Syria talks open with clash on Assad’s fate
The clash between Washington and its adversaries over whether an end to Syria’s war can be achieved without the resignation of President Bashar Assad was on full display last week as a long-delayed international peace conference got underway in Switzerland.
Moments into the Geneva II conference, Secretary of State John F. Kerry pushed home the Obama administration’s view that there is “no way possible in the imagination” that Mr. Assad could ever “regain the legitimacy to govern in Syria” — drawing an expected, acerbic rebuke from a delegation representing Mr. Assad.
That the gap in thinking — after nearly three years of war and diplomatic maneuvering by the U.S., Russia and other powers — was so clearly out in the open seemed to prove the assertions of seasoned observers that the Obama administration may be in over its head in Switzerland.
Administration officials for months have said the crux of the peace conference is to build from the basic framework of an agreement more than a year ago by Washington, Moscow and others with a hand in Syria’s war, including Iraq, Saudi Arabia, France, China and Britain. The Geneva Communique essentially called for the creation of a transitional government in Syria, a step many believe would foreshadow Mr. Assad’s removal from power.
Regardless of such speculation, the Obama administration has praised this week’s conference as a vital step forward, arguing that even the most basic talks could begin to ease the violence gripping Syria, despite sobering assessments from analysts who say any kind of substantial deal remains a long way off.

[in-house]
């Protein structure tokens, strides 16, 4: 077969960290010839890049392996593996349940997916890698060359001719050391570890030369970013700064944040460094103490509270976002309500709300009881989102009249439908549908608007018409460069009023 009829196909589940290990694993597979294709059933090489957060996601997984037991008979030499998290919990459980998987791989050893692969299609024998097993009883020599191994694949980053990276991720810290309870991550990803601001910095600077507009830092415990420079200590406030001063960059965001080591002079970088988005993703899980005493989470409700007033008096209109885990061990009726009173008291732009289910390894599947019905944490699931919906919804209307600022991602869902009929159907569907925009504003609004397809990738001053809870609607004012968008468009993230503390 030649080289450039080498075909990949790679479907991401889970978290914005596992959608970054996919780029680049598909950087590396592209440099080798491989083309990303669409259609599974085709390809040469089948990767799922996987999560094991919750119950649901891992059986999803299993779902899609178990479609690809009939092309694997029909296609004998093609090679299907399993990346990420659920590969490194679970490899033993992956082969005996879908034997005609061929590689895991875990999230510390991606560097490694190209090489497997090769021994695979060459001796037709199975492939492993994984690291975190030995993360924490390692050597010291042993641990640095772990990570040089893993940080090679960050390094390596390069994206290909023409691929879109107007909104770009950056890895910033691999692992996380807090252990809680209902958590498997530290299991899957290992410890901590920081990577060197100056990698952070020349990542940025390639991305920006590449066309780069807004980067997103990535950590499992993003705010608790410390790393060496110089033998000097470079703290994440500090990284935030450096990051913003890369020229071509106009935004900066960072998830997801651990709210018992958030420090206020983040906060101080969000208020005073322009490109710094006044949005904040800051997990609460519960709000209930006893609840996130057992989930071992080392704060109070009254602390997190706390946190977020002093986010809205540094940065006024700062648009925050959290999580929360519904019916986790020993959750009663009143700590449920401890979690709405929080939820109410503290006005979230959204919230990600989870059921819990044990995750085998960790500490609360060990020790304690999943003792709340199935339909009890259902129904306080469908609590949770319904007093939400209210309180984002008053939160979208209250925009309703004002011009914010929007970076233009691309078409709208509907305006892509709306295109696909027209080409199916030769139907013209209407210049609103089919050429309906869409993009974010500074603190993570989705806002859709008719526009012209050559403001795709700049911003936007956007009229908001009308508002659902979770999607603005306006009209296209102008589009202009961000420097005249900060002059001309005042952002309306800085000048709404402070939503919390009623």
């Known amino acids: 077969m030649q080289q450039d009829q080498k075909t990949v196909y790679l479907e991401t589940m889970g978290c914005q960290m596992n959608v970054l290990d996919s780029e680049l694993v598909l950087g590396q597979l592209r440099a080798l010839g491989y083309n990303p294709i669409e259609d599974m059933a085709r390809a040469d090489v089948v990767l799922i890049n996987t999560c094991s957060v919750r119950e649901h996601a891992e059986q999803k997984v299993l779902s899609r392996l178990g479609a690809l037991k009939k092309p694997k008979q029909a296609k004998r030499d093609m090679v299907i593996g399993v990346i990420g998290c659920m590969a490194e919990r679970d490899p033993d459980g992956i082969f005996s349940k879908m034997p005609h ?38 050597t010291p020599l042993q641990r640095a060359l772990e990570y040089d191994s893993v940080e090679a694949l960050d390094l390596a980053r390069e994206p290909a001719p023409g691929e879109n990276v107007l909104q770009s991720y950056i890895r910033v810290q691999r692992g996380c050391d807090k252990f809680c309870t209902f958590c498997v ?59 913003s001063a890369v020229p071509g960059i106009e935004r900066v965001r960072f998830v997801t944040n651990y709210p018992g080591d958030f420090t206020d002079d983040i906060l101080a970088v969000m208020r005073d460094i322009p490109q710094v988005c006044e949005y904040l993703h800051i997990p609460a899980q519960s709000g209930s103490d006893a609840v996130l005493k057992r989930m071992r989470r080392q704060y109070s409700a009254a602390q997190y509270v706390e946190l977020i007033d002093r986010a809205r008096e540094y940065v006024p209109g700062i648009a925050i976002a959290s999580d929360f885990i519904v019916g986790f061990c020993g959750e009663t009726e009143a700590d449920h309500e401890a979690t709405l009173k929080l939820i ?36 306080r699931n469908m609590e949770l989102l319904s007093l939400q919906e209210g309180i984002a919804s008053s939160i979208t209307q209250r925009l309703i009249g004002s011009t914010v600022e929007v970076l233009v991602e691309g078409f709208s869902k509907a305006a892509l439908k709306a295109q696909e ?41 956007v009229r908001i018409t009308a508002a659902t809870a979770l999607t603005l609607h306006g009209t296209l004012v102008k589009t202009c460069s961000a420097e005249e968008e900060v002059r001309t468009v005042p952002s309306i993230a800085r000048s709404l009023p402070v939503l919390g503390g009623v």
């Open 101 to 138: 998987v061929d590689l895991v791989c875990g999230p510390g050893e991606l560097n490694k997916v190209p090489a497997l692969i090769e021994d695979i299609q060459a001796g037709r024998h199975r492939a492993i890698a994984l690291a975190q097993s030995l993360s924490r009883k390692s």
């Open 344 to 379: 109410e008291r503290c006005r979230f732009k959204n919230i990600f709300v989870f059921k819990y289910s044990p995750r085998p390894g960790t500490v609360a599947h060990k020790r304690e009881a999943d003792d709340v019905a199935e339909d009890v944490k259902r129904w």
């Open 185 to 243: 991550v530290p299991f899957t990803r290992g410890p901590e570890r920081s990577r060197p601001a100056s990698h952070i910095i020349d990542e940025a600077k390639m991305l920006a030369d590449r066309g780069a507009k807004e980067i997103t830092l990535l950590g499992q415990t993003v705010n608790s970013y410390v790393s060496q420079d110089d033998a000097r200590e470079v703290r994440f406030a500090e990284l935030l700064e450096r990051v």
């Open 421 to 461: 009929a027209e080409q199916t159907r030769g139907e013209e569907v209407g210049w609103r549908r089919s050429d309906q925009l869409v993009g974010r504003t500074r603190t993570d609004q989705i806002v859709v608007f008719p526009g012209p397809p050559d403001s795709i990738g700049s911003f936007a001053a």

“I would disagree with those that are saying that this is meant to fail, but I would agree that this process will not lead probably to a political settlement in the next few weeks,” said Philippe Leroux-Martin, a researcher for the Future of Diplomacy Project of the John F. Kennedy School of Government at Harvard University.
Mr. Leroux-Martin compared the conference to initial attempts during the early 1990s to push for an end to the ethnic and civil war that was tearing through the former Yugoslavia. He noted that there were “four unsuccessful peace plans between 1992 and 1995” before a major agreement was reached at a conference in Dayton, Ohio.
“Anyone could say they were meaningless, but the fact is they all nourished substantial provisions of the Dayton Peace Accords,” said Mr. Leroux-Martin, who served as a member of a team of legal advisers overseeing aspects of the agreement.
With the International Crisis Group saying that nearly half of Syria’s roughly 22 million citizens have lost their homes and more than 100,000 have lost their lives in the war, Mr. Leroux-Martin added that the peace conference’s success might be measured best by the extent to which the divided sides at the negotiating table agree to set ground rules by which humanitarian aid can flow into the war zone.
Nicholas Burns, who served as a senior State Department official under President George W. Bush, went a step further, saying that “at the very least, if the Russians and the Americans can agree with the Syrian government to a temporary cease-fire, at least in parts of the country, and to let the United Nations and refugee aid agencies in to give help to people, that is at least a place where they’ve got a start.”